January 17, 2021
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The Book of Visual Studio .NET - A Visual Basic .NET Crash Course

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Boxing occurs when a value type is converted to a reference type and recreated on the heap. Boxing should be used sparingly as the ability to move values from the stack to the heap is performance intensive.

The most common occurrence of boxing is when a value type variable is passed to a procedure that accepts the System.Object data type. System.Object is the equivalent of the classic Visual Basic variant data type.


The ReDim statement, available in classic Visual Basic, is still available in Visual Basic .NET. Classic V isual Basic no t only allowed developers to rediminish an array, but also initialize the array. Visual Basic .NET allows the use of ReDim to rediminish an array but not to initialize an array.


The StringBuilder class is an impressive class optimizing string manipulation. You'll better understand its advantages once you understand how string manipulation has historically worked.

Classic Visual Basic hid the actual implementation code supporting functions available in the Visual Basic library, and string manipulation was no exception. One common string function is the concatenation of two strings. Unfortunately, Visual Basic doesn't simply add the two strings together; instead, the windows system determines the space required for the new string, allocates memory, and places the new concatenated value into the newly allocated memory. The StringBuilder class is implemented as an array of characters. This allows it to implement methods to manipulate what appears to be a string without the overhead incurred by an actual string. The Insert method of the StringBuilder class is used to add to the character array in a way that is much more efficient than classic string manipulation, increasing performance of many common programming scenarios. (You'll find the StringBuilder class in the System.Text namespace.)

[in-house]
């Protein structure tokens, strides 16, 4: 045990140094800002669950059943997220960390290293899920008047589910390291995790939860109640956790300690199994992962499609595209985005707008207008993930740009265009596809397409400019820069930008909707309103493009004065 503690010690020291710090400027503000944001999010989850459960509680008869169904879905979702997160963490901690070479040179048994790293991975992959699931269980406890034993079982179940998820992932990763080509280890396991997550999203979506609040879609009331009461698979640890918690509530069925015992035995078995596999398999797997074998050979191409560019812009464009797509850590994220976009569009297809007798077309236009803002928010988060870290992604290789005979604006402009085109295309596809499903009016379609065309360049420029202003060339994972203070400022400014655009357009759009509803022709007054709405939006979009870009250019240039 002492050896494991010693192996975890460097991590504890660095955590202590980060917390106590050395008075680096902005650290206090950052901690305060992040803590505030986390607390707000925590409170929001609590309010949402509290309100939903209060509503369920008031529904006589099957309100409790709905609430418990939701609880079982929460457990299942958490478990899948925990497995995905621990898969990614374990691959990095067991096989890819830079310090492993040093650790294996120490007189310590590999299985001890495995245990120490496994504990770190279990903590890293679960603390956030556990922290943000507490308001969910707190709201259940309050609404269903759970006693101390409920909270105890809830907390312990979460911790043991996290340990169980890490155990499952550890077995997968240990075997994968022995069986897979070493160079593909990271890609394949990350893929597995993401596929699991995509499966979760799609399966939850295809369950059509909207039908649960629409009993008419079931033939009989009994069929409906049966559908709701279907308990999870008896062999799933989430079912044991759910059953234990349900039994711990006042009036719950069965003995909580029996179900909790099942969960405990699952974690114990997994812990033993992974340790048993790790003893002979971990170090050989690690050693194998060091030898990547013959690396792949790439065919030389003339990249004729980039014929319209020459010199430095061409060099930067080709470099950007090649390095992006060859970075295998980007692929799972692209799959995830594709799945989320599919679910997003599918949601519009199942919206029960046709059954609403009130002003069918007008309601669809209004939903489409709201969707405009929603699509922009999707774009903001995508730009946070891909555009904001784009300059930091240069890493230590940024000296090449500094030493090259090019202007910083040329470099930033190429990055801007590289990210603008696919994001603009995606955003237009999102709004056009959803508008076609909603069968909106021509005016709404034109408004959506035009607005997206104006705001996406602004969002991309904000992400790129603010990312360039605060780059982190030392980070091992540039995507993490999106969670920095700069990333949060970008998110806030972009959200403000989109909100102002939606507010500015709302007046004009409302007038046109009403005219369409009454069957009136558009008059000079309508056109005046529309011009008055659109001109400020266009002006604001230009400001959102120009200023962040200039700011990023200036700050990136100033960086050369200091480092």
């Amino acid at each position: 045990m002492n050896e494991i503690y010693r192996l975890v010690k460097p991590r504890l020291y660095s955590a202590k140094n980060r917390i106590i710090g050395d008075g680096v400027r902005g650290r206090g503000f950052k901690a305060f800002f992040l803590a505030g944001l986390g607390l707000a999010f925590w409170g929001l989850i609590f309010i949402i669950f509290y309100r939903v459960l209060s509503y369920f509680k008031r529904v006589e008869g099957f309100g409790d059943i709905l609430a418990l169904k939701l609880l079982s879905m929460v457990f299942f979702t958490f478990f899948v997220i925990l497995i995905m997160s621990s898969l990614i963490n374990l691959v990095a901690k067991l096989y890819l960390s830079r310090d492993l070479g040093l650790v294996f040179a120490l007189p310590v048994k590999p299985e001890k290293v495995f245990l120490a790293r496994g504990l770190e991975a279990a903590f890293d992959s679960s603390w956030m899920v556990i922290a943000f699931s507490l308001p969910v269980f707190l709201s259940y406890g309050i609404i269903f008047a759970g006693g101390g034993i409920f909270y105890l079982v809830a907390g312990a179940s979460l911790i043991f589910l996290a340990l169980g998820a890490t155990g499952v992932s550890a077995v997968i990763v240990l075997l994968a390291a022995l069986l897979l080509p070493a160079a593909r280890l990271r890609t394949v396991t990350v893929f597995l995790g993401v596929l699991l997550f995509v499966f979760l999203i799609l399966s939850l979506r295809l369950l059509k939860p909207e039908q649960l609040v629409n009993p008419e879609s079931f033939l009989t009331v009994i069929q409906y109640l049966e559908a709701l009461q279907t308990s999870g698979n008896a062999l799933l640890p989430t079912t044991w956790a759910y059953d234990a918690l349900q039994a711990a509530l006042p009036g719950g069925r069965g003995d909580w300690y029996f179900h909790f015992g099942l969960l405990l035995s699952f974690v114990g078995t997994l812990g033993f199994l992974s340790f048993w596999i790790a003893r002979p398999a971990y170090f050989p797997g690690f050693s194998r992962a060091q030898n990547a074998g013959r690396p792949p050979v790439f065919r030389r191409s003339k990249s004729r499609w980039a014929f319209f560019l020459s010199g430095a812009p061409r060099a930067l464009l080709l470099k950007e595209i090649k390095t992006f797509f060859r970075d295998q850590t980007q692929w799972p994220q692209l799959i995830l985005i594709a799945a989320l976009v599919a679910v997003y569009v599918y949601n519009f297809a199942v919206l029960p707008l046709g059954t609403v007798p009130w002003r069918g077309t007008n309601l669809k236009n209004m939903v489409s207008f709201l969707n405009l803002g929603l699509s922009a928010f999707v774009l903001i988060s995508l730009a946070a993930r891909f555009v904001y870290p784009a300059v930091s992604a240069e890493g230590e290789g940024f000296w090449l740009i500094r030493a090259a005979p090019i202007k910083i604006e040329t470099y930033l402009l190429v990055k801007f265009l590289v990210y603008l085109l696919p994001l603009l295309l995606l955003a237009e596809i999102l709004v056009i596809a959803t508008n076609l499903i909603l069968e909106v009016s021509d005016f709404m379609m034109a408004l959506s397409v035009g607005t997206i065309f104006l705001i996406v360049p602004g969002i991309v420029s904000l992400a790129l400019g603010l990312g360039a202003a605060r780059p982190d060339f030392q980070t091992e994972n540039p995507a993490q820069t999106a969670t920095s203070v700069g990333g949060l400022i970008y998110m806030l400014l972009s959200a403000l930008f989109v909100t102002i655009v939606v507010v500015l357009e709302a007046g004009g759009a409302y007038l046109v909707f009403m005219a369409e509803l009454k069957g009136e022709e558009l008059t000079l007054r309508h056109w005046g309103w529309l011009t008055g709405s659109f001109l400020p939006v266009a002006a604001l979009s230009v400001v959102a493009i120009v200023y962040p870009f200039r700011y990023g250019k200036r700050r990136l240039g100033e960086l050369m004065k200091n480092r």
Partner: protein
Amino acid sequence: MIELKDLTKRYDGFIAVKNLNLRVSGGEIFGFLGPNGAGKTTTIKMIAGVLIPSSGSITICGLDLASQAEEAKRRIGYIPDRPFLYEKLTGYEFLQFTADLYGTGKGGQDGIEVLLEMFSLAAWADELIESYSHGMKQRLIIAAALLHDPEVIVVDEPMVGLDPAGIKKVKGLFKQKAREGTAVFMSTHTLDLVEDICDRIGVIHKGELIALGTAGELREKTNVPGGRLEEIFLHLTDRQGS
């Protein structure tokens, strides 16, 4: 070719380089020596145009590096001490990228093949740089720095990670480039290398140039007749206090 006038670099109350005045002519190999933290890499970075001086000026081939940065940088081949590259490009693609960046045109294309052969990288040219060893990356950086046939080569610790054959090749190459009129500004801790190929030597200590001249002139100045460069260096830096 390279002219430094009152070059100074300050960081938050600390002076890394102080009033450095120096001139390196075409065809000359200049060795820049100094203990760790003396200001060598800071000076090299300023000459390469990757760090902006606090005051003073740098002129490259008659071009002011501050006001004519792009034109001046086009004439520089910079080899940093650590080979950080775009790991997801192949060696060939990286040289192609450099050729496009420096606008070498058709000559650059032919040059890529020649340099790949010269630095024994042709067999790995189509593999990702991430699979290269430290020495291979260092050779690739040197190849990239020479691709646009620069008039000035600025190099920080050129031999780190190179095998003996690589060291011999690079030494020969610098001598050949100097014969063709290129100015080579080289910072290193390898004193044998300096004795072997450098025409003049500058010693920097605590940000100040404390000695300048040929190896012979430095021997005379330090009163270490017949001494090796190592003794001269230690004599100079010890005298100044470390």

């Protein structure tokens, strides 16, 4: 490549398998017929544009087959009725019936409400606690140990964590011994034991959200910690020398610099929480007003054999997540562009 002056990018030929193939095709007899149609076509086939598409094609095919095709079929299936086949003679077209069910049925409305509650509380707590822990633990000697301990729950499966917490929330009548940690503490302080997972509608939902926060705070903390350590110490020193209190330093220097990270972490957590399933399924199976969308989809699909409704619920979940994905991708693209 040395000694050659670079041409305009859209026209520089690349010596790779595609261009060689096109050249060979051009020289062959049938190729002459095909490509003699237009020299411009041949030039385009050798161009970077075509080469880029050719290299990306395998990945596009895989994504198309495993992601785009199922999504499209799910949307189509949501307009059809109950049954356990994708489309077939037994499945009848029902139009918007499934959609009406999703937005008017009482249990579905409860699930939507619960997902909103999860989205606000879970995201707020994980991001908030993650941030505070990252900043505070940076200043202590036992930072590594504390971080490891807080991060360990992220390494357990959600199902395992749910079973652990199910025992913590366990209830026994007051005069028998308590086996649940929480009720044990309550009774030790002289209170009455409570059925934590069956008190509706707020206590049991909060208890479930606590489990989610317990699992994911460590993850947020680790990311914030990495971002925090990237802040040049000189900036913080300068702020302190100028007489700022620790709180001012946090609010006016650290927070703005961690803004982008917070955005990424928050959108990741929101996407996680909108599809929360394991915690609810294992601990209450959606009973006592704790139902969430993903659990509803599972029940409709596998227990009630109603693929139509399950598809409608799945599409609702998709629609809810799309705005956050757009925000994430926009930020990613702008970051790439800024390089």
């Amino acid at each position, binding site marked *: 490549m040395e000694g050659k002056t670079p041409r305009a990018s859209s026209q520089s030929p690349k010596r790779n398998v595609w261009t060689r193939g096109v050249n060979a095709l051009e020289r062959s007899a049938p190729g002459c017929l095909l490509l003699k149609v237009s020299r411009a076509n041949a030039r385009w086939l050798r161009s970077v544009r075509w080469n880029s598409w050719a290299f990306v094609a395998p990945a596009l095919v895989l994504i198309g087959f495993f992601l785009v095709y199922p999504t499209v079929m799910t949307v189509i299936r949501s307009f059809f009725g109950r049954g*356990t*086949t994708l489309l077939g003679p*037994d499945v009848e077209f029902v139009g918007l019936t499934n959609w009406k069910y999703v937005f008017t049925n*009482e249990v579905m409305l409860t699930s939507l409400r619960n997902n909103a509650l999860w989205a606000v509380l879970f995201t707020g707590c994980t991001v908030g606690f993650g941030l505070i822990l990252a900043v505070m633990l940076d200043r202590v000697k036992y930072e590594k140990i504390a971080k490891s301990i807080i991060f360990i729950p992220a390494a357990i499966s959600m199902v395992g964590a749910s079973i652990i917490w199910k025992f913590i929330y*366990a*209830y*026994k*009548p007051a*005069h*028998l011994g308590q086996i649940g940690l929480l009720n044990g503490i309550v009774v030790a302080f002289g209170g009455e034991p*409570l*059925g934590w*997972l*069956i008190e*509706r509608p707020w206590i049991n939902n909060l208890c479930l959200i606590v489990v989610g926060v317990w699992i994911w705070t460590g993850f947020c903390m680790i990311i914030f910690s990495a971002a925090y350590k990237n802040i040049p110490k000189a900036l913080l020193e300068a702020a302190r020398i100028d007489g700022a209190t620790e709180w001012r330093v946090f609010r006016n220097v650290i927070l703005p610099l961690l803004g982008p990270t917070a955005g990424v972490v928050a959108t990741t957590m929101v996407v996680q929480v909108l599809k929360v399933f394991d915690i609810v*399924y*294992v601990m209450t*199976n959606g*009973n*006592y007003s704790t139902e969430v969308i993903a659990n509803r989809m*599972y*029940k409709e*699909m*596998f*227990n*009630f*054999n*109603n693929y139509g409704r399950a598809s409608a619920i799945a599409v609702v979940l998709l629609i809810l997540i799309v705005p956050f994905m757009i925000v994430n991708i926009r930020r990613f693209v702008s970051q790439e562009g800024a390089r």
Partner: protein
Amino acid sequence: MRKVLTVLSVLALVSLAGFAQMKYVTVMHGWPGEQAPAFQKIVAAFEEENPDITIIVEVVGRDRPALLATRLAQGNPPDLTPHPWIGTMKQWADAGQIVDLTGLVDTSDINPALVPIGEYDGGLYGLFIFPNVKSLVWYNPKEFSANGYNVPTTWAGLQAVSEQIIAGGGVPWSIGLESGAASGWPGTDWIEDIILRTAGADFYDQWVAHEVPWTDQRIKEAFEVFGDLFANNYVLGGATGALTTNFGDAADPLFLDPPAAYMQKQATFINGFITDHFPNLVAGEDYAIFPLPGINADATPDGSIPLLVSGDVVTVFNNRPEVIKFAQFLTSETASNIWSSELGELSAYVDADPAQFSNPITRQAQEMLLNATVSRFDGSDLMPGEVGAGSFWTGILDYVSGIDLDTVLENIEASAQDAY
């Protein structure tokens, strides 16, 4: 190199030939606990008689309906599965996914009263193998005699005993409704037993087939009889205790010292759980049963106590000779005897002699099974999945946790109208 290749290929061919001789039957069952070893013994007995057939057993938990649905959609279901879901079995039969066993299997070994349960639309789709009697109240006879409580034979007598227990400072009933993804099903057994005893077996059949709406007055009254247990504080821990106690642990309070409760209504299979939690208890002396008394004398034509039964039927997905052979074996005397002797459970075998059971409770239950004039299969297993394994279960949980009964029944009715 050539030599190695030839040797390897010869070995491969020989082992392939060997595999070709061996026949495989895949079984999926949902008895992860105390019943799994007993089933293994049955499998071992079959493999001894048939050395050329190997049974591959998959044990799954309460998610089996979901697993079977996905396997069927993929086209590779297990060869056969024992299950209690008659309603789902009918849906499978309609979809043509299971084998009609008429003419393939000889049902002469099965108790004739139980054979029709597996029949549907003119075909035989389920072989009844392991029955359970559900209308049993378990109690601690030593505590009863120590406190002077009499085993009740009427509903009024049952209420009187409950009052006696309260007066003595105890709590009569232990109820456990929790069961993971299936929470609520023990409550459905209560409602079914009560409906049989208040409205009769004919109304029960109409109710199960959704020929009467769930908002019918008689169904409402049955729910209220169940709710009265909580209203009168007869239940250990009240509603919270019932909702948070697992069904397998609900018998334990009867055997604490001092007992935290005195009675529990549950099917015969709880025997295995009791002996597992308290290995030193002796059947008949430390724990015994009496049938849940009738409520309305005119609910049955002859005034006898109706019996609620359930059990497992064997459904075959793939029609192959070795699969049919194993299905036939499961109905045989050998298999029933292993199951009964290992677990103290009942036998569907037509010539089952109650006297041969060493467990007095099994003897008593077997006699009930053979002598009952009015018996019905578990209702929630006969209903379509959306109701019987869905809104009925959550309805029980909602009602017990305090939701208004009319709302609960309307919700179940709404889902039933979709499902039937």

Using the StringBuilder

This example will show you how to use the StringBuilder class and will compare its performance against the performance of classic Visual Basic string concatenation. To begin, follow these steps:

  1. Create a windows project and build a window that looks the same as Figure 7-1, using the parameters in Table 7-1.

  2. Click for a full image.

    Figure 7-1: Using the StringBuilder class.

    Table 7-1: Parameters for the StringBuilder Class
    Control Property Value

    Button Name btnString
    Text strString = strString & "string value"
    Button Name BtnStringBuilder
    Text objStringBuilder = objStringBuilder.Append("string value")
    Label Name lblStringDisplay
    Label Name lblStringBuildingDisplay
    Label Text The first button concatinates strings the classic VB way while the second button used the StringBuilder class. Each will loop through each concatination 15000 times.

  3. Add the following code segment to the click event of the btnString button.

    Dim dateStart As Date
    Dim strString As String
    Dim i As Integer
    dateStart = DateAndTime.TimeOfDay
    For i = 1 To 15000
        strString = strString & "string value "
    Next i
    lblStringDisplay.Text = DateAndTime.DateDiff(DateInterval.Second, _
    dateStart, DateAndTime.TimeOfDay) & " Seconds"

  4. Add the following code segment to the click event of the btnStringBuilder button.

    Dim dateStart As Date
    Dim objString As New System.Text.StringBuilder()
    Dim i As Integer
    dateStart = DateAndTime.TimeOfDay
    For i = 1 To 15000
        objString = objString.Append("string value ")
    Next i
    lblStringBuilderDisplay.Text = DateAndTime.DateDiff( _
    DateInterval.Second, dateStart, _
    DateAndTime.TimeOfDay) & " Seconds"

  5. Now run the example and press each button. You will see a significant difference between the performances of the two methods of string concatenation.

Previously, strings were built by simply adding one onto the end of another. This only seems to be what is happening. What is actually occurring is something different. When adding one string to another, you begin with the original string in memory, then a new string is allocated in memory for the string being added. Next, a new string representing the new concatenated string is created and the new string placed into it, and finally, the original string and the added string are de-allocated, leaving only the newly concatenated string in memory.

As you might imagine, this is a very inefficient process for simply adding two string values together. The StringBuilder class is a collection of characters. The StringBuilder character collection can allow values to be added and removed without the need to re-allocate and de-allocate memory blocks. As you will see, the performance difference is significant.

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This article was originally published on January 15, 2003

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